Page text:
Local time is determined by the Sun’s place in relation to the local meridian, with noon being when it crosses that line. Since the Earth turns once in twenty-four hours, noon will be one hour later every fifteen degrees to the west.
This proved to be a problem with the emergence of railroads. In 1847, the British railways agreed to keep Greenwich time. In North America, time was standardized on the main cities along a line. In 1878, Sandford Fleming advocated the use of time zones. By 1884, many railways adopted the system, with Greenwich as the prime meridian.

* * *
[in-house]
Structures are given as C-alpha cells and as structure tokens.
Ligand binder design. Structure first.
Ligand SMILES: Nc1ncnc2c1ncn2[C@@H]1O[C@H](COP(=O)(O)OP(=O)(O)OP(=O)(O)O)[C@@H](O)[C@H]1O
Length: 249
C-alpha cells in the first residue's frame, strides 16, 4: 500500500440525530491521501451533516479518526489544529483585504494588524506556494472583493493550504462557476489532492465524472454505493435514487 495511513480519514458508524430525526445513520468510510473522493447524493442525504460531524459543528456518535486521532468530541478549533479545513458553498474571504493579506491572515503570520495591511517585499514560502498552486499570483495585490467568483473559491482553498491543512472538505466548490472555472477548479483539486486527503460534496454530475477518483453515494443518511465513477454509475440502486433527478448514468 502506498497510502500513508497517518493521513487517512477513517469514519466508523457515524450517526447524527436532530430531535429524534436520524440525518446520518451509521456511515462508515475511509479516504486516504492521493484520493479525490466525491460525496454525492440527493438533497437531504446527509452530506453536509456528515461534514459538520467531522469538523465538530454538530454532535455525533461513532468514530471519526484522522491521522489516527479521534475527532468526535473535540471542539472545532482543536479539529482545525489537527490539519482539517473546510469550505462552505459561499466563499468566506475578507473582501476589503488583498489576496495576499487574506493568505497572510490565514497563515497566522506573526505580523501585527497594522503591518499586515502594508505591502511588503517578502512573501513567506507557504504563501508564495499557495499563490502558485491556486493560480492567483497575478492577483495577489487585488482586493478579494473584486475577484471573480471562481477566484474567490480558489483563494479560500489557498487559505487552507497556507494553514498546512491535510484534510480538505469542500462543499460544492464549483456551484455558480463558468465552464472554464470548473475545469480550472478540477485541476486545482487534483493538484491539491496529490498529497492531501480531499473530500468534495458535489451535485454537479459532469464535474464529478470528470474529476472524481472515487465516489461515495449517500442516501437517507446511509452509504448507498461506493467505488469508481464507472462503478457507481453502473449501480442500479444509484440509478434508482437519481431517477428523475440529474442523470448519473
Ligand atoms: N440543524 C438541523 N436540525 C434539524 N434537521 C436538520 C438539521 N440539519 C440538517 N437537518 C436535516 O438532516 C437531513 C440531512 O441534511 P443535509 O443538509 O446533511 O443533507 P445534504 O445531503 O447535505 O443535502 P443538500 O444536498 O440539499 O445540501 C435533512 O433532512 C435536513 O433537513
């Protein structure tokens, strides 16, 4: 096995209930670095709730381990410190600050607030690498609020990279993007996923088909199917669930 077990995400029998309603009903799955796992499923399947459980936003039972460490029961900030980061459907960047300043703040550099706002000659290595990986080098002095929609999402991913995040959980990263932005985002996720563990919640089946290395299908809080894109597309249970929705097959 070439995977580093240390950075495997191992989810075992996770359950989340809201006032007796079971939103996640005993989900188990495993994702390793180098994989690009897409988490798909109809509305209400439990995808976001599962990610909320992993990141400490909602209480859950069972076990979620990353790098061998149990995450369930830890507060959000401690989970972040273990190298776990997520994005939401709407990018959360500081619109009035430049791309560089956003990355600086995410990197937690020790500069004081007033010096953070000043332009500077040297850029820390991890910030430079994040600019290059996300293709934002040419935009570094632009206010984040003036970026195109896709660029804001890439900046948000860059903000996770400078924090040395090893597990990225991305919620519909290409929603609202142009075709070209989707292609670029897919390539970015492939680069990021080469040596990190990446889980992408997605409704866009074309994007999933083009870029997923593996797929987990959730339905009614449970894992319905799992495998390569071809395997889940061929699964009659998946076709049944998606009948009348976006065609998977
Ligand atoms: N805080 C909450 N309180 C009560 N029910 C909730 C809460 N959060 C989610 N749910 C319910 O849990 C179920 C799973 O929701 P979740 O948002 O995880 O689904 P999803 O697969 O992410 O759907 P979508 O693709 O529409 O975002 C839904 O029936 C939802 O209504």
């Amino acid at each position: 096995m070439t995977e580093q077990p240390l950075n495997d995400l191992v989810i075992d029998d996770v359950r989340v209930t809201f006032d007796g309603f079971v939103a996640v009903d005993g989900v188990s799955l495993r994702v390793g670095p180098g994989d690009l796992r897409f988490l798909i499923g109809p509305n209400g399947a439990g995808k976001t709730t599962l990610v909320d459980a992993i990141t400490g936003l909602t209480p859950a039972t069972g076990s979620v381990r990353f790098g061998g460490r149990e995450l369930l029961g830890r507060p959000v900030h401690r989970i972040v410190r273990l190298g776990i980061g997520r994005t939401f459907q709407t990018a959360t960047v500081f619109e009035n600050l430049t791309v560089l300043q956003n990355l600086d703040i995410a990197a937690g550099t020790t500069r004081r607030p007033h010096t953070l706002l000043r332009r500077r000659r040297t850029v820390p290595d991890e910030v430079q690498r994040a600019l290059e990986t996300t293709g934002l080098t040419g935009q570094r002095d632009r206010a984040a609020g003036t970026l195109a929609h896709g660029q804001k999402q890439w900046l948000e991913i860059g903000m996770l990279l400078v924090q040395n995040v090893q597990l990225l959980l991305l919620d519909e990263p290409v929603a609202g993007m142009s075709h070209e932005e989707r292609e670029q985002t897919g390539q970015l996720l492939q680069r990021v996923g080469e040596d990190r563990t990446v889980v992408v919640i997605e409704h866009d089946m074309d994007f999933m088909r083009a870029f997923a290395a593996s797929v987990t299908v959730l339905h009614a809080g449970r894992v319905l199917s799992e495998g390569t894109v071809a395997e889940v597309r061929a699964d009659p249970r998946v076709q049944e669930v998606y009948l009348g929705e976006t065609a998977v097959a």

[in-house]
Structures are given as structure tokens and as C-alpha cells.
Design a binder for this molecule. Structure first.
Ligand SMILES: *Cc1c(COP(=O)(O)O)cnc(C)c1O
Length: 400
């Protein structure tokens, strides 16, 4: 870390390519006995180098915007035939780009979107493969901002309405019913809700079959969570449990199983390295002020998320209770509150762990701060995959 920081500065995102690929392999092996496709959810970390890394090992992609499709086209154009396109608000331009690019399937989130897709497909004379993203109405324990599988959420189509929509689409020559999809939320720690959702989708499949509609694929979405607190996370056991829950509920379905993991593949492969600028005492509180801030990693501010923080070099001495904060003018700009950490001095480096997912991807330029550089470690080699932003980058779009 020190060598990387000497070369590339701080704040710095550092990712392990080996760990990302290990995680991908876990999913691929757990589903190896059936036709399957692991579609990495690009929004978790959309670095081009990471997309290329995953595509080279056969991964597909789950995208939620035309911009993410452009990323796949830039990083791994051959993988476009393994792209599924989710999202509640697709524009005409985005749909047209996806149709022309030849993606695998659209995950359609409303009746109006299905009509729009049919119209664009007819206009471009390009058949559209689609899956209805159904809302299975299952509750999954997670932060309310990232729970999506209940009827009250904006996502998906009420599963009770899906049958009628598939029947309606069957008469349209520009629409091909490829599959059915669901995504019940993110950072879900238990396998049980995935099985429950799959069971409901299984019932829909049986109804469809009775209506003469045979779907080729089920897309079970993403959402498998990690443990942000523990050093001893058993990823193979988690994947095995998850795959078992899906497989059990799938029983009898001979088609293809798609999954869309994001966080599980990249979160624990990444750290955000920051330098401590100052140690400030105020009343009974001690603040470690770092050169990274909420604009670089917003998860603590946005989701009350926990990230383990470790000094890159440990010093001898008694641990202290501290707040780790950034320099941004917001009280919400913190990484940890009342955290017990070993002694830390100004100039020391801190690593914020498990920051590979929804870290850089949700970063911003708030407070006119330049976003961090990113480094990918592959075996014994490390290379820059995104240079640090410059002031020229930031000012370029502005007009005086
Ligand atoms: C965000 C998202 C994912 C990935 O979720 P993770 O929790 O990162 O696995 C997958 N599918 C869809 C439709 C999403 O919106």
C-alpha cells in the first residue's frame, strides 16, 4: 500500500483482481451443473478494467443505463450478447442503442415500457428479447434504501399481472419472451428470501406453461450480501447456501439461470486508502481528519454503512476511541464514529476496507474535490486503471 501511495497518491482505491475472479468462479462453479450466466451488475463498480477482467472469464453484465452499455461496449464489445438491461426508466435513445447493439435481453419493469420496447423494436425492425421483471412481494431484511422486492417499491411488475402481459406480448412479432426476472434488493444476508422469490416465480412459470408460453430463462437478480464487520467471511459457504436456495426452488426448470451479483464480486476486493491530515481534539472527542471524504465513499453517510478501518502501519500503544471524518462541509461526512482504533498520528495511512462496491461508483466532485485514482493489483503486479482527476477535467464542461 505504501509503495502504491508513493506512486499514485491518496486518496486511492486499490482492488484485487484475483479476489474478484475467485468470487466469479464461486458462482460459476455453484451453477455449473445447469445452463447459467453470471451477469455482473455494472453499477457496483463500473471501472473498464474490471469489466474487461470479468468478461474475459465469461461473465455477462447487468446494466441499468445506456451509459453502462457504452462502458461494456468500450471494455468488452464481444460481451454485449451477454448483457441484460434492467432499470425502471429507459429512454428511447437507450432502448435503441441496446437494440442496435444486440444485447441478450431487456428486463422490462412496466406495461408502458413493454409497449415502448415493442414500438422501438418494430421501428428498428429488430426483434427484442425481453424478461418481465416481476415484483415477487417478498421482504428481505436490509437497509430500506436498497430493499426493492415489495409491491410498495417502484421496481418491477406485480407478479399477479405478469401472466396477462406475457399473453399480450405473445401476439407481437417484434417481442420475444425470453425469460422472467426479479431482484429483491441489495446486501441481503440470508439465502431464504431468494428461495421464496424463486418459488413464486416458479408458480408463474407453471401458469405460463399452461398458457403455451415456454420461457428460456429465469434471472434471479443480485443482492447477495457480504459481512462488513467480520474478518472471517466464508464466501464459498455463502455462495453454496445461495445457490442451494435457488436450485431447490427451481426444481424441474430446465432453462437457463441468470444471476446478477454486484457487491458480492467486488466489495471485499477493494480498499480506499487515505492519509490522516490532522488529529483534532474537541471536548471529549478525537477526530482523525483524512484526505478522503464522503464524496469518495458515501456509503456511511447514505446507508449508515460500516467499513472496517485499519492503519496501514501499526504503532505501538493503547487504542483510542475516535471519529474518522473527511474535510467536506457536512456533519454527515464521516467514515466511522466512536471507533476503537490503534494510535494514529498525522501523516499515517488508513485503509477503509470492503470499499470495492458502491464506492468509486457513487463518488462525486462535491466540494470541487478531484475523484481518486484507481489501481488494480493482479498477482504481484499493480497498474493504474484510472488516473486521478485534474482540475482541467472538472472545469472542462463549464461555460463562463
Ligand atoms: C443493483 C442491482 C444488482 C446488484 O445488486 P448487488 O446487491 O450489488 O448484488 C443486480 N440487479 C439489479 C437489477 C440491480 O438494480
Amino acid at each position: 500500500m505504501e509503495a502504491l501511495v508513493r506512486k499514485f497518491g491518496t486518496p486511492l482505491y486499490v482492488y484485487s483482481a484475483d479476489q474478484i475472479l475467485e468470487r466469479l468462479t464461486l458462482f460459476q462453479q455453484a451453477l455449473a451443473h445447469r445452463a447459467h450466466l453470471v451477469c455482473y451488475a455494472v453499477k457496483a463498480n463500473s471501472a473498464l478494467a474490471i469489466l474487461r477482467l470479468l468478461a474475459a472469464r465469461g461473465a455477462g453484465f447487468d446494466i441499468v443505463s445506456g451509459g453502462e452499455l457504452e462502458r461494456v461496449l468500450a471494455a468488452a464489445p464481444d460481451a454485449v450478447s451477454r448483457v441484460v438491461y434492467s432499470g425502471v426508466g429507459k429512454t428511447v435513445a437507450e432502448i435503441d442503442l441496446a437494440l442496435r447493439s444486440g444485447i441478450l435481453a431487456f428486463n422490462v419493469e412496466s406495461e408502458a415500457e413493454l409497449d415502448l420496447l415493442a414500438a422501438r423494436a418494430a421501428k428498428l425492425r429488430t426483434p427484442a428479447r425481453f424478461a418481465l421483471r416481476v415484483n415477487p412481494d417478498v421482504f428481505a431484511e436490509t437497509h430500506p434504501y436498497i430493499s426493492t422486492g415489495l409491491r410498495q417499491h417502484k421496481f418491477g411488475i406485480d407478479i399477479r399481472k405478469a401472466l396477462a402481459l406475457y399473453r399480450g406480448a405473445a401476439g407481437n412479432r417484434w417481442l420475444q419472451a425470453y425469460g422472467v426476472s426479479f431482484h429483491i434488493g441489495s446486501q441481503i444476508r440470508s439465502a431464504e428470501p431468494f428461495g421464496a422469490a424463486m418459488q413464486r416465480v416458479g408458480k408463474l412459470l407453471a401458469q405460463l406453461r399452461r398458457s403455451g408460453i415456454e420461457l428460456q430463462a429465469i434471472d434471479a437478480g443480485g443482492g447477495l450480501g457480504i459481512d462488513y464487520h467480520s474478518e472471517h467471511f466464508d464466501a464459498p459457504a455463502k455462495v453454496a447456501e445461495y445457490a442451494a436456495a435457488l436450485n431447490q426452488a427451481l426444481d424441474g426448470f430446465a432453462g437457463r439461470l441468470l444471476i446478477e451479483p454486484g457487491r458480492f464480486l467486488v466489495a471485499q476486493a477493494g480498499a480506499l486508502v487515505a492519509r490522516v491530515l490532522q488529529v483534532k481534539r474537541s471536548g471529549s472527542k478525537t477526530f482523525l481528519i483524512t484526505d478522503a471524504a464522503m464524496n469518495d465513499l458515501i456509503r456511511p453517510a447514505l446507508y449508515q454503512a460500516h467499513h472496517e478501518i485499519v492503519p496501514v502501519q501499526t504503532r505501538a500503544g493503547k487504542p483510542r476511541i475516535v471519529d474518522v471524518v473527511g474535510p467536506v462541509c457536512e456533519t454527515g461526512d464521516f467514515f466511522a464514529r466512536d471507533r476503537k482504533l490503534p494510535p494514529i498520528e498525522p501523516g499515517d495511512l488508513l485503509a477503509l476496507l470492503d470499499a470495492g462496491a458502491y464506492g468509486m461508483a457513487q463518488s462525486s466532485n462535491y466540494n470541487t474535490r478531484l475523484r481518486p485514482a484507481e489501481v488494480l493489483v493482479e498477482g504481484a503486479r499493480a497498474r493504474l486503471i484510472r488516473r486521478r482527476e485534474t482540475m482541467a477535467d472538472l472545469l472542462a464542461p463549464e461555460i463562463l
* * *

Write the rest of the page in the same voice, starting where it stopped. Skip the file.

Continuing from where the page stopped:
In 1884, astronomers agreed at a conference in Washington to accept the Greenwich system. However, there were some who preferred that Paris or Berlin be the prime meridian. Most countries adopted the system very soon after. It took France another twenty years to accept it.
The new time became known as Greenwich Mean Time, with time anywhere in the world being measured from Greenwich. Today, the system is often referred to as Coordinated Universal Time. The time zones are not exactly 15° wide. They may be more or fewer because of political boundaries or areas of concentrated population. Approximately 180° east or west of the prime meridian (0°) lies the International Date Line. On crossing it, there is a day either gained or lost.